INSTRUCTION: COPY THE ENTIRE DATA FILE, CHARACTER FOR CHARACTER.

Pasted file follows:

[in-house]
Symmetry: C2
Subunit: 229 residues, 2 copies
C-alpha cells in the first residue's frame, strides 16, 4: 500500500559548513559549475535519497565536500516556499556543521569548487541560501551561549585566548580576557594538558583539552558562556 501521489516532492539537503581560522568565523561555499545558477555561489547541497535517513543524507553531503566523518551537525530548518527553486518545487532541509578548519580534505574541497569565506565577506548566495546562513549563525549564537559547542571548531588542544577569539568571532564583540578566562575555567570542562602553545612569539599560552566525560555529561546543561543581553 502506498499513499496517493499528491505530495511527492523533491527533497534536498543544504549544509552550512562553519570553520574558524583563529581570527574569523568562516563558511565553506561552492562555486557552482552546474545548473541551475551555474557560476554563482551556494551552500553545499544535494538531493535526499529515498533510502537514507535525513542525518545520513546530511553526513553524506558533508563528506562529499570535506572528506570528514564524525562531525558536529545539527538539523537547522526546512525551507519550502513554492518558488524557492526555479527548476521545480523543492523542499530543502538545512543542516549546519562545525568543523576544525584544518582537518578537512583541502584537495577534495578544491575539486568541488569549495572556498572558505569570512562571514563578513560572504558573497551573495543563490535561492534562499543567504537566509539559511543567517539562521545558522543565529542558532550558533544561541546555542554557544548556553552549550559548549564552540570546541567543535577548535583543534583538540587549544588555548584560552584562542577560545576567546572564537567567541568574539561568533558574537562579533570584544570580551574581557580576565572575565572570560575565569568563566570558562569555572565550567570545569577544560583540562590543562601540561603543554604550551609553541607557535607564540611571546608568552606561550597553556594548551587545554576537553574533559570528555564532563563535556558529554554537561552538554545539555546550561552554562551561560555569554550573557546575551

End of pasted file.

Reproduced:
[in-house]
Symmetry: C2
Subunit: 229 residues, 2 copies
C-alpha cells in the first residue's frame, strides 16, 4: 500500500559548513559549475535519497565536500516556499556543521569548487541560501551561549585566548580576557594538558583539552558562556 501521489516532492539537503581560522568565523561555499545558477555561489547541497535517513543524507553531503566523518551537525530548518527553486518545487532541509578548519580534505574541497569565506565577506548566495546562513549563525549564537559547542571548531588542544577569539568571532564583540578566562575555567570542562602553545612569539599560552566525560555529561546543561543581553 502506498499513499496517493499528491505530495511527492523533491527533497534536498543544504549544509552550512562553519570553520574558524583563529581570527574569523568562516563558511565553506561552492562555486557552482552546474545548473541551475551555474557560476554563482551556494551552500553545499544535494538531493535526499529515498533510502537514507535525513542525518545520513546530511553526513553524506558533508563528506562529499570535506572528506570528514564524525562531525558536529545539527538539523537547522526546512525551507519550502513554492518558488524557492526555479527548476521545480523543492523542499530543502538545512543542516549546519562545525568543523576544525584544518582537518578537512583541502584537495577534495578544491575539486568541488569549495572556498572558505569570512562571514563578513560572504558573497551573495543563490535561492534562499543567504537566509539559511543567517539562521545558522543565529542558532550558533544561541546555542554557544548556553552549550559548549564552540570546541567543535577548535583543534583538540587549544588555548584560552584562542577560545576567546572564537567567541568574539561568533558574537562579533570584544570580551574581557580576565572575565572570560575565569568563566570558562569555572565550567570545569577544560583540562590543562601540561603543554604550551609553541607557535607564540611571546608568552606561550597553556594548551587545554576537553574533559570528555564532563563535556558529554554537561552538554545539555546550561552554562551561560555569554550573557546575551